 For whom will it be produced?
 Allocation Mechanisms
 Tradition
 Plan
 Market
Gains From Trade
 Trade implies mutually beneficial exchanges
 Not a zero-sum game!
 Comparative Advantage
 David Ricardo
 Lowest opportunity cost producer
 Specialization and trade can allow individuals (and
countries) to expand their consumption beyond their PPF
constraints
Pizza
Pizza
slope = ∆P/ ∆ C = -300/25 = - 12/1
∆C = 25
slope = ∆P/ ∆ C = -200/50 = - 4/1
600
∆P = -300
400
∆C = 50
∆P = -200
300
200
50
100
Country A
Opportunity cost of 1 Car is 4 Pizzas
Cars
25
50
Country B
Opportunity cost of 1 Car is 12 Pizzas
Country A has the comparative advantage in producing cars.
Cars
Pizza
Pizza
Country B
Country A
600
400
300
200
50
Cars
100
No Trade
Pizza
Production
Cars
25
With Trade
Pizza
Cars
A
200
50
0
100
B
300
25
600
0
500
75
600
100
World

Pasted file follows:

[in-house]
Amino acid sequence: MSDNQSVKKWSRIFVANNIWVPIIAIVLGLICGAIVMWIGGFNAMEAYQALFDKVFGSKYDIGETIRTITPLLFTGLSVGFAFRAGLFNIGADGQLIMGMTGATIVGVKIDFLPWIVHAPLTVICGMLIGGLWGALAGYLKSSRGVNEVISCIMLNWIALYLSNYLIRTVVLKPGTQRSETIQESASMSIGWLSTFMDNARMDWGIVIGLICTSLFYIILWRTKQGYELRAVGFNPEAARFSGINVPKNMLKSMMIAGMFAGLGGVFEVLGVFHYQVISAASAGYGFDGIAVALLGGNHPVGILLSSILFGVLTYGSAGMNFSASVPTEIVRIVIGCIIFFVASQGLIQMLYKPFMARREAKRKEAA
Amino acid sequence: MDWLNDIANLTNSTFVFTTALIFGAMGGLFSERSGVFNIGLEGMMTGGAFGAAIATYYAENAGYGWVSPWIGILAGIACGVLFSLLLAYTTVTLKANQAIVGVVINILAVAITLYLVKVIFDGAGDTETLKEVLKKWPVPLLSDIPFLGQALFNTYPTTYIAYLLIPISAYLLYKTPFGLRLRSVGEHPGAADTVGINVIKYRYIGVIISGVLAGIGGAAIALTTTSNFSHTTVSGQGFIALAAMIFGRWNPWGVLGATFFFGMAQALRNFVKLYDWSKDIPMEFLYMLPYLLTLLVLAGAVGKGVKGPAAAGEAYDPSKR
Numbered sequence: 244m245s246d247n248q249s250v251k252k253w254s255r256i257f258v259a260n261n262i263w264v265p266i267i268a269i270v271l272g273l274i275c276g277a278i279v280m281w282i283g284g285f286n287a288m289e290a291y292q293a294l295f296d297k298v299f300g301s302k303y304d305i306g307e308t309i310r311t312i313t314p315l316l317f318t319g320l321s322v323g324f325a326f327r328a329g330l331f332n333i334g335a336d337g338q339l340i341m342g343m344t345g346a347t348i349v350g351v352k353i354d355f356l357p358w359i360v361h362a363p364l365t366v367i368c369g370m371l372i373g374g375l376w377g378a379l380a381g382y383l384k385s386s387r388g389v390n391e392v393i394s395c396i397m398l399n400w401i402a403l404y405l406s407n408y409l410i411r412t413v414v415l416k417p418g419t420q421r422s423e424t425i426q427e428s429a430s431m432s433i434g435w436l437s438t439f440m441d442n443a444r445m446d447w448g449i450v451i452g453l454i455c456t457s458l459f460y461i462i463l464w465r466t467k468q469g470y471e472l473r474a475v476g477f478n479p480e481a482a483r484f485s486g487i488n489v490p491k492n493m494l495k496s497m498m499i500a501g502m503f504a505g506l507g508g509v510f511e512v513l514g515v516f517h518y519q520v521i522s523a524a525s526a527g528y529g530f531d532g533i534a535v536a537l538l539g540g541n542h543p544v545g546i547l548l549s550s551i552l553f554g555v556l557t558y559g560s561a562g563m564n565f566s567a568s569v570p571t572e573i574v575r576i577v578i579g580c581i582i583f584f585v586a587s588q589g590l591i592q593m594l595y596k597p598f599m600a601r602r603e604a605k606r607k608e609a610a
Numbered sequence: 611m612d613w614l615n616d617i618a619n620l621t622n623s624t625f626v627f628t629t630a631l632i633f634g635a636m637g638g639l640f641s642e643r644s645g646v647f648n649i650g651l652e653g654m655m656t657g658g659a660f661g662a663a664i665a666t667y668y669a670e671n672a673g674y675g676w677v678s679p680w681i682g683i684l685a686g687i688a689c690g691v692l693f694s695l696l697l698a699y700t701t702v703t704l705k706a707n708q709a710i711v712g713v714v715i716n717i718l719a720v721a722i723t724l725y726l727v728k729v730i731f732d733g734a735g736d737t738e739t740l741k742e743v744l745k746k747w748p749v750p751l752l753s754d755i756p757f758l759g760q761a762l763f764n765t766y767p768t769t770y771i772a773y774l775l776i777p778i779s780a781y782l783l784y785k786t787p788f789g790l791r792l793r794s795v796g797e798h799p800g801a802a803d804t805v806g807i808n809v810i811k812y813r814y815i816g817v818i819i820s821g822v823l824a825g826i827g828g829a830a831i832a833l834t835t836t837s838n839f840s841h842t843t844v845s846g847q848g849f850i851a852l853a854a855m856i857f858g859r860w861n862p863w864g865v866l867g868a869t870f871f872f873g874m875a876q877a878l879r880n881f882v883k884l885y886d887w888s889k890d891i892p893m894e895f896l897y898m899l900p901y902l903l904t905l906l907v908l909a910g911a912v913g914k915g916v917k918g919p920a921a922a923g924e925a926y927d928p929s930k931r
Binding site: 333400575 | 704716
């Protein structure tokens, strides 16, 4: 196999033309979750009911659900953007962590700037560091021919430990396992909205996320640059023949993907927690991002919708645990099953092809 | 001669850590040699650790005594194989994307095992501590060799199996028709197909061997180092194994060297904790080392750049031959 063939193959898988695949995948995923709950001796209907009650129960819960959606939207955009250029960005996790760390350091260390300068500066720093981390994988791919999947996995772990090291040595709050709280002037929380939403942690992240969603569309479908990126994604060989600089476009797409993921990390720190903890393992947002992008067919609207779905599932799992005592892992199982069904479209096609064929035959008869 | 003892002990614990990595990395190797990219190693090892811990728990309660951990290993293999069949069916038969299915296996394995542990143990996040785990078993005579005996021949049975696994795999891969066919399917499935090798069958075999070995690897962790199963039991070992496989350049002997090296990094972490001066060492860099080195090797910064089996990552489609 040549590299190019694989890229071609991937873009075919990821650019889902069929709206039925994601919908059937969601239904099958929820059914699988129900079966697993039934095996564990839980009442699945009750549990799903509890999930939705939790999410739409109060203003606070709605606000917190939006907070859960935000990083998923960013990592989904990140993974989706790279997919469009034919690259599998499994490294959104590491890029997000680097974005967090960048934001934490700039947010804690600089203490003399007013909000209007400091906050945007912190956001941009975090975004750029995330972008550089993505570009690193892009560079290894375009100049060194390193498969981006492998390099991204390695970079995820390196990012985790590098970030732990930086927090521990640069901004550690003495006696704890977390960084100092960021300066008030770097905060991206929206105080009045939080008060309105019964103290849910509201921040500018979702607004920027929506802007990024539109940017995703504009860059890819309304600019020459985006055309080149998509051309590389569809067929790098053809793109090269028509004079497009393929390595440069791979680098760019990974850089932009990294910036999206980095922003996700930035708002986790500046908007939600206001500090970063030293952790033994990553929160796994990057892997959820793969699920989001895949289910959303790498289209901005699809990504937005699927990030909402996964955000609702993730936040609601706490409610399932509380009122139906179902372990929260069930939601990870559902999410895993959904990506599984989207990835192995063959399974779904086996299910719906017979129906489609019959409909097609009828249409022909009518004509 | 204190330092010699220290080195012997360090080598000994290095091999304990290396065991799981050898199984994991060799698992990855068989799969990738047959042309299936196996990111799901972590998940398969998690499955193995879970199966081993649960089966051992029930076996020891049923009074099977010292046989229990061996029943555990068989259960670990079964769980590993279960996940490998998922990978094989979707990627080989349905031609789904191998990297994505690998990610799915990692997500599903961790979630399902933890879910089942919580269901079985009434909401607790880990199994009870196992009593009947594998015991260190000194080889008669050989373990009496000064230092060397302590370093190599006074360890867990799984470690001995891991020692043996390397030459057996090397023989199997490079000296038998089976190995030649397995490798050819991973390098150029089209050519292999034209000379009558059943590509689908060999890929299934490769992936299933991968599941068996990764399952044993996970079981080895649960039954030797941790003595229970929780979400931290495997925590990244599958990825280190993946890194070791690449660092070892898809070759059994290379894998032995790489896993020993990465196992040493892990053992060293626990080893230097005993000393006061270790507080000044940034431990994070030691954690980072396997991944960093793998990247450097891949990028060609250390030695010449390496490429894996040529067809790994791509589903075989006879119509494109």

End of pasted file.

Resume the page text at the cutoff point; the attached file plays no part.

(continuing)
50
Cars
 Problem Set 1: #14
Sue Student
Go to college
Don’t go to college
Tuition
$27,000
Job
$24,000
Food + Rent
$ 8,000
Food + Rent
$ 8,000
Parties
$ 4,000
Parties
$ 4,000
Books
$
Car
$ 4,600
Car
$ 4,600
Opportunity cost
of going to college =
900
$27,000 + $900 + $24,000 = $51,900
Problem Set 1: #13
Problem Set 1: #21
Output per hour
Country
Tons of
Steel
Bushels of
Wheat
US
6
60
South Korea
3
6
Opportunity cost of …
1 ton of
steel
1 bushel
of wheat
10 W
1/10 S
2W
1/2 S
US switches 1 hour of labor from steel to wheat
SK switches 4 hours of labor from wheat to steel
Trade: 50 W for 10 S
US
South Korea
Steel
Wheat
Steel
-6
+60
+12
-24
Trade
+10
-50
-10
+50
Consumption change
+4
+10
+2
+26
Production change
Wheat
Assume that Robinson and Crusoe live on a desert island. With a day’s
labor, Robinson can produce 6 fish or 4 coconuts; Crusoe can produce 3
fish or 1 coconut. Robinson’s opportunity cost of producing 1 coconut is
____, and he should specialize in the production of ____.
a)
b)
c)
d)
1/4 fish; coconuts
1.5 fish; coconuts
3 fish; fish
6 fish; coconuts
0%
0%
0%
0%
Corner offices in high-rise office buildings usually cost more
to rent than other offices. This best illustrates the economic
principle of:
a)
b)
c)
d)
Scarce resources
Marginal analysis
Equilibrium
Opportunity costs
0%
0%
0%
0%
A friend comes up to you and offers to give you a free ticket to the local
professional team's baseball game that night. You decide to attend the
game. It takes five hours to go to the game and costs you $15 for